Briefing Room


Meet Ralah Sanadiki, EIC Elect, Ohio State Journal of Criminal Law

April 18, 2019 | Students

Hometown: Dana Point, California

Legal Interests: Criminal law

Education: Northeastern University, Criminal Justice (Bachelor’s)

What led you to Moritz?

I took a class with a public defender in college, and I ended up clerking with her for a while. That started me down the path of taking classes related to ones like hers. I took a race and gender class as well as a race and justice class.

What challenges come with being the EIC of a journal?

The consequences of decision-making and attention to detail aren’t confined to a classroom. The work is published and the reputation of the journal rests on the EIC’s final reads with the help of the chief-of-staff. If you make a mistake, it’s out there in black and white for everyone to see. Having said that, the job would be virtually impossible without the cooperation and coordination of the editors that work tirelessly before the pieces actually make their way to me. Shout out to them for making what would otherwise be an impossible job, possible. 

Why is criminal writing and research important to the law?

Criminal research and writing are indispensable to the practice of law. Litigation doesn’t just happen in a courtroom, and the gravitas of a legal argument can often depend on being substantiated by empirical proof. For example, the defense community relies on mental health research to argue a lesser degree of culpability for their client. [Ohio Governor Mike] DeWine recently ordered a stay of all executions in Ohio pending a more constitutionally sound method of carrying them out. That doesn’t happen without the writings of professors, practitioners and scientists who find that the mentally ill are less culpable, and that the lethal injection causes unconstitutional pain and suffering.

What do you bring individually to the journal?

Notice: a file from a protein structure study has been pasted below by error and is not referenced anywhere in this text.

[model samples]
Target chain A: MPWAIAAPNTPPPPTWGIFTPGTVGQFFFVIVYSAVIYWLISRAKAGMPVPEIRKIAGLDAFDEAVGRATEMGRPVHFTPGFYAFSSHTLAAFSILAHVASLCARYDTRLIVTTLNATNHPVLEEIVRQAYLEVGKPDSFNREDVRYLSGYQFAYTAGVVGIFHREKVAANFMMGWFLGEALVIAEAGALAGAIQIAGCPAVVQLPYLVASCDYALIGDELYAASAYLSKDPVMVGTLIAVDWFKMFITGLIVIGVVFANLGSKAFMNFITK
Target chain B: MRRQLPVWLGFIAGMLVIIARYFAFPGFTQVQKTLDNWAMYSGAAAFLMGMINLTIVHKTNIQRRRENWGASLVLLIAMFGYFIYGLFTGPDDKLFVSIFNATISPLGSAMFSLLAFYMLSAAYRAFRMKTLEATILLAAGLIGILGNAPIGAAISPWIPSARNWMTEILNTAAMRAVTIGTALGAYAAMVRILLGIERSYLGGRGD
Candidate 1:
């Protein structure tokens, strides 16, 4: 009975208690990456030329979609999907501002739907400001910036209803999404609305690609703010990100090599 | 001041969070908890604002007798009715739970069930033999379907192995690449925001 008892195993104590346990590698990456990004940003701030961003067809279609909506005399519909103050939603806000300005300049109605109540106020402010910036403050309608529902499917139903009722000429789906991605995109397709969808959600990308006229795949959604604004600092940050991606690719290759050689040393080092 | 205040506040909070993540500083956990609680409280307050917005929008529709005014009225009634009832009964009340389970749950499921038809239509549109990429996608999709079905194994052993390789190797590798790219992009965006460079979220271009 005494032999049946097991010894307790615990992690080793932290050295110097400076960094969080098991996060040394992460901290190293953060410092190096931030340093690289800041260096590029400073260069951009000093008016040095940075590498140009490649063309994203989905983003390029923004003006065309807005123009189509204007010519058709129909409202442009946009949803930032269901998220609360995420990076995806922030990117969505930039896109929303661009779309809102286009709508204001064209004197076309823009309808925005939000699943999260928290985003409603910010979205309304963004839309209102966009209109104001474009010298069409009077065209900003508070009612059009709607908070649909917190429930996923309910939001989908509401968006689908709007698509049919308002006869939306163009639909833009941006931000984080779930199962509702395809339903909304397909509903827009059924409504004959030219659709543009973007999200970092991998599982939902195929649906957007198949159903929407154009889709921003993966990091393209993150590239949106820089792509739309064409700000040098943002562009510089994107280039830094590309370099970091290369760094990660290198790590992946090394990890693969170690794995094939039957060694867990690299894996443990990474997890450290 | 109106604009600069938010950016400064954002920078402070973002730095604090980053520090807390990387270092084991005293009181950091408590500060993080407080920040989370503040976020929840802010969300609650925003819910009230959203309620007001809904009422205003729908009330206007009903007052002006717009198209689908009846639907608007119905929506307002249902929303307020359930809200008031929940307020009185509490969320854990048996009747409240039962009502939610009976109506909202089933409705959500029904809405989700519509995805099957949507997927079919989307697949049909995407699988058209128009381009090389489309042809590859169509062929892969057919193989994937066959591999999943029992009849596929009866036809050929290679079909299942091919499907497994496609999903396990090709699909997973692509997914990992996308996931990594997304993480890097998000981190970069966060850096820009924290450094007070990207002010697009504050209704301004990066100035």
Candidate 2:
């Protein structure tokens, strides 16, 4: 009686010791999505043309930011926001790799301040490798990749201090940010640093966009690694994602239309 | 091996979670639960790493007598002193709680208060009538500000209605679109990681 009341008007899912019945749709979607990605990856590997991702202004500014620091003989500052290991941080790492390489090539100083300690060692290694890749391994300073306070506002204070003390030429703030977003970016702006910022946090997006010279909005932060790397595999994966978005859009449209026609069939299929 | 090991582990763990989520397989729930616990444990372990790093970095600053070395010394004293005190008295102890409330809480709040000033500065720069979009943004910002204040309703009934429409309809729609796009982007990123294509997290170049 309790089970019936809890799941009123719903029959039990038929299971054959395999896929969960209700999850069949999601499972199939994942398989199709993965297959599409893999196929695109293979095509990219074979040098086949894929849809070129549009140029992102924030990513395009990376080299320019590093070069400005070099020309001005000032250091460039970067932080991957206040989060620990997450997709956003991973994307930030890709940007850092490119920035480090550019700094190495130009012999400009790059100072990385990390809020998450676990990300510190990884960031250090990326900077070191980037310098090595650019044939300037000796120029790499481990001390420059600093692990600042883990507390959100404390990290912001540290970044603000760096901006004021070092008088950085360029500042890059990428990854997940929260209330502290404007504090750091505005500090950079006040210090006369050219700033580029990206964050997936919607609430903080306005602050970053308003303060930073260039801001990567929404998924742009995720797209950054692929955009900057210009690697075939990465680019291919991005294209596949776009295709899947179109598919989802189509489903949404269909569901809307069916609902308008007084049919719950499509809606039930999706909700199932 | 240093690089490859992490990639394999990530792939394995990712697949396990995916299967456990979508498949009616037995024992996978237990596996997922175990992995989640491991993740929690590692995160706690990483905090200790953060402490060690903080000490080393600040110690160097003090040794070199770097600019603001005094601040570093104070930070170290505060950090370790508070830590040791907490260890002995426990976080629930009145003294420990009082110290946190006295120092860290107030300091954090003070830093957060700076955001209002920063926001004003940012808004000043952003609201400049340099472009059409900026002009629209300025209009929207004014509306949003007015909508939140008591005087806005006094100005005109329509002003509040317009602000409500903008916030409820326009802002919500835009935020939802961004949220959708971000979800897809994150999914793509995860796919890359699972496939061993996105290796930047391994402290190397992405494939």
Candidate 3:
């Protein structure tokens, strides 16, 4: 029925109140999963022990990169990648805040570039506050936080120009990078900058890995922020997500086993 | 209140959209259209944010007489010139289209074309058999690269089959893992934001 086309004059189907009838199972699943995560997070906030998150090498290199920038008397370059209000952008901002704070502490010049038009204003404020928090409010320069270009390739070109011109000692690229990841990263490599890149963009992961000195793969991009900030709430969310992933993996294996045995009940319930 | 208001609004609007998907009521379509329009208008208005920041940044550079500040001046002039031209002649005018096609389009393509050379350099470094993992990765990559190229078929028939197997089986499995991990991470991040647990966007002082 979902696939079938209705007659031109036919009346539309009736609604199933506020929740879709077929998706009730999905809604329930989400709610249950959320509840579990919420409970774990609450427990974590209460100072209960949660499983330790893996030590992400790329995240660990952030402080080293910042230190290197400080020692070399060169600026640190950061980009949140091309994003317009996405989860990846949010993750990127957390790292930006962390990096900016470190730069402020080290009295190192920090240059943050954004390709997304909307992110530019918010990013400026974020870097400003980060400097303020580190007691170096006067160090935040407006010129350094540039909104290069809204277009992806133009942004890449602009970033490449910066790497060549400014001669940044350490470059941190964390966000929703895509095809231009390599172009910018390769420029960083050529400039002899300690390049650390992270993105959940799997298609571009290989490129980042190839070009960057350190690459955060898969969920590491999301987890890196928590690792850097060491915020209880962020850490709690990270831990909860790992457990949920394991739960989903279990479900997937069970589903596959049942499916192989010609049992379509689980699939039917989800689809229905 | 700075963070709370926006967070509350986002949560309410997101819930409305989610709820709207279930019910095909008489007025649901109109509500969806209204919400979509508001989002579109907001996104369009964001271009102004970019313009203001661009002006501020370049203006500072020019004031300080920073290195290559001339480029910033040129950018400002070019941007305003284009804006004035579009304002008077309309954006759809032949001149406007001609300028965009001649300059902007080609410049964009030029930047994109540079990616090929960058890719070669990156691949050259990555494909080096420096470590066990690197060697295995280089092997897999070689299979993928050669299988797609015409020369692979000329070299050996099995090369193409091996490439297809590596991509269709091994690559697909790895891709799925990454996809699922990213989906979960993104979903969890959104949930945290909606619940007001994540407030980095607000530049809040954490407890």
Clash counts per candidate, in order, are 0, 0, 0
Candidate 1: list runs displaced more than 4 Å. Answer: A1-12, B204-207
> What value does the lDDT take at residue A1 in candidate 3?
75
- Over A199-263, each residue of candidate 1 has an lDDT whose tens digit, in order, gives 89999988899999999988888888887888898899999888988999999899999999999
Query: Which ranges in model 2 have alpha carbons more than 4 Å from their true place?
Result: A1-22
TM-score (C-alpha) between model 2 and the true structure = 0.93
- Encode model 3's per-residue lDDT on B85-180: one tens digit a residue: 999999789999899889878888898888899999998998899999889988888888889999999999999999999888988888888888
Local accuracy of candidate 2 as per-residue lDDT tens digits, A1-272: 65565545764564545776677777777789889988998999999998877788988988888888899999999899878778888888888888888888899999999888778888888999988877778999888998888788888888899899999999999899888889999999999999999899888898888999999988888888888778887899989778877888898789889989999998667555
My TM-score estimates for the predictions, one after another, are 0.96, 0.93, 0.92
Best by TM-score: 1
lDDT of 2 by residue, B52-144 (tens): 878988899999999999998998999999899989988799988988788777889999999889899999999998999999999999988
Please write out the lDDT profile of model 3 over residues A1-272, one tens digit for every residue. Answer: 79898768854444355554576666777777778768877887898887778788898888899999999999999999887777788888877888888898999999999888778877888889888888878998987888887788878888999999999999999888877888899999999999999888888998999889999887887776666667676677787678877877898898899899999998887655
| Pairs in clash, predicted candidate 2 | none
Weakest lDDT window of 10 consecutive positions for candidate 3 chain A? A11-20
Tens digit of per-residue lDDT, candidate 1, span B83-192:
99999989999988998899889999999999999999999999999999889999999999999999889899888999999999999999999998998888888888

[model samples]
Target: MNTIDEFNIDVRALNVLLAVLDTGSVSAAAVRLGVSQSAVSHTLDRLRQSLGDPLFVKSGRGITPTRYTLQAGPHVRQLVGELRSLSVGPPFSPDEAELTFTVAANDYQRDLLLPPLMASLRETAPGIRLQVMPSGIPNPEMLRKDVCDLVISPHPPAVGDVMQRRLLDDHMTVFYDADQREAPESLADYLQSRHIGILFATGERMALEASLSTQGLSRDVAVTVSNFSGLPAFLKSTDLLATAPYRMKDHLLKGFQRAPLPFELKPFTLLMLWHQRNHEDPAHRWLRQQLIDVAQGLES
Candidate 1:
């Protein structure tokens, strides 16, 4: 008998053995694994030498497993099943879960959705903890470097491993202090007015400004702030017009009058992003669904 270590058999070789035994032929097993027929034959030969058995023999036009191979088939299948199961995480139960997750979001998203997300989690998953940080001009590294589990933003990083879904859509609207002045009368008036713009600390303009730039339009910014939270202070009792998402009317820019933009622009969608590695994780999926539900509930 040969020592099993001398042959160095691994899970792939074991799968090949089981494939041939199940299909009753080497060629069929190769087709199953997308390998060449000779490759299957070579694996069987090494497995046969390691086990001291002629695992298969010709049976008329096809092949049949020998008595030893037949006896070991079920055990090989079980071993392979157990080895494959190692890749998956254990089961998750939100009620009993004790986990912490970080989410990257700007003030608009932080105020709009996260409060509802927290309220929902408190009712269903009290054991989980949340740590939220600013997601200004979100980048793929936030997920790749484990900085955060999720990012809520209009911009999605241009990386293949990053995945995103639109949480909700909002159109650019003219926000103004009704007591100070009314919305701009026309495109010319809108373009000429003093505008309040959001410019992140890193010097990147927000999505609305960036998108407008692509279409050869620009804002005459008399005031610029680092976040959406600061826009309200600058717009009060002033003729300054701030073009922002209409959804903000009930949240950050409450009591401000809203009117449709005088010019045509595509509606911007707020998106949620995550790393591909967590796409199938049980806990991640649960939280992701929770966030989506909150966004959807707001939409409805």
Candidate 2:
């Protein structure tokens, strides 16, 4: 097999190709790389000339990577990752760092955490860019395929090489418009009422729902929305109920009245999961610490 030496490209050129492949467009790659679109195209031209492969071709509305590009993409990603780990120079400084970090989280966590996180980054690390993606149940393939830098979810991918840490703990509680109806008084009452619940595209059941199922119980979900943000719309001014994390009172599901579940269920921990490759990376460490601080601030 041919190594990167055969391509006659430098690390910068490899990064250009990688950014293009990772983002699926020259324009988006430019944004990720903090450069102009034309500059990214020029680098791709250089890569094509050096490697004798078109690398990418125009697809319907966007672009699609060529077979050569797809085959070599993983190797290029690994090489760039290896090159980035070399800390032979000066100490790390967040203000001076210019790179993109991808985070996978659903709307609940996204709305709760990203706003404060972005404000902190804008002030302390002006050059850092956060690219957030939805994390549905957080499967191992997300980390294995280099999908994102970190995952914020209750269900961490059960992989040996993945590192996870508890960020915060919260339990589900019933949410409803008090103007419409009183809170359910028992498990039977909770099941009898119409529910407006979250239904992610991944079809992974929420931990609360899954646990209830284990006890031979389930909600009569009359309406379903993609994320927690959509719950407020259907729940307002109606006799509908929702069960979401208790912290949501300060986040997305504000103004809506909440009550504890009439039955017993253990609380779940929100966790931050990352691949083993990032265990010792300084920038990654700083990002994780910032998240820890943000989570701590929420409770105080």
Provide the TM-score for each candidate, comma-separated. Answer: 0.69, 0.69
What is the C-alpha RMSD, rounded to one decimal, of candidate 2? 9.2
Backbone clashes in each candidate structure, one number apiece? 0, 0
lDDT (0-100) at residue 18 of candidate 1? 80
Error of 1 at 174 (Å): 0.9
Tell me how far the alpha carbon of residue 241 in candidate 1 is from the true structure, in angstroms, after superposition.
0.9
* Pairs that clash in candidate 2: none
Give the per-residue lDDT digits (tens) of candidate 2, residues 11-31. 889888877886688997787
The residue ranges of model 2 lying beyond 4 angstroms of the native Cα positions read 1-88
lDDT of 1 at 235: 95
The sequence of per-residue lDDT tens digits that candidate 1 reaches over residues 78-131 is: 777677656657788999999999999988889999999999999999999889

It’s maybe by coincidence that our next issue is going to be on the death penalty. I am working in capital defense and hopefully will continue working in capital defense after I graduate. In addition, I have really invested a lot of time in the journal. I was nominated by our executive board last year as an outstanding staff editor for the fall of my 1L year. On the most basic level, I genuinely enjoy blue-booking and editing and writing, generally. That is why I have come to this position and why I am passionate about it.

How do you see your experience with the journal helping your career?

There isn’t a cap on how much practice writing and editing a lawyer should have. The Bluebook will follow us all throughout our careers. Successful appellate practice in particular relies largely on the motions and arguments made on paper before it is ever used before a judge. The tools I expect to pick up as EIC will be coming with me [after graduation].

What is your next step after graduation?

I am going to be taking the bar in California. That’s where I was born and where my family resides. Fortunately for me in terms of practice, but unfortunately for defendants, California is a death penalty state, so I will continue to practice capital defense there. I am hoping to get some trial experience under my belt. It is not easy to break into the area of capital defense in terms of trial litigation, but I am going to do my best and then work my way up to appellate capital defense.


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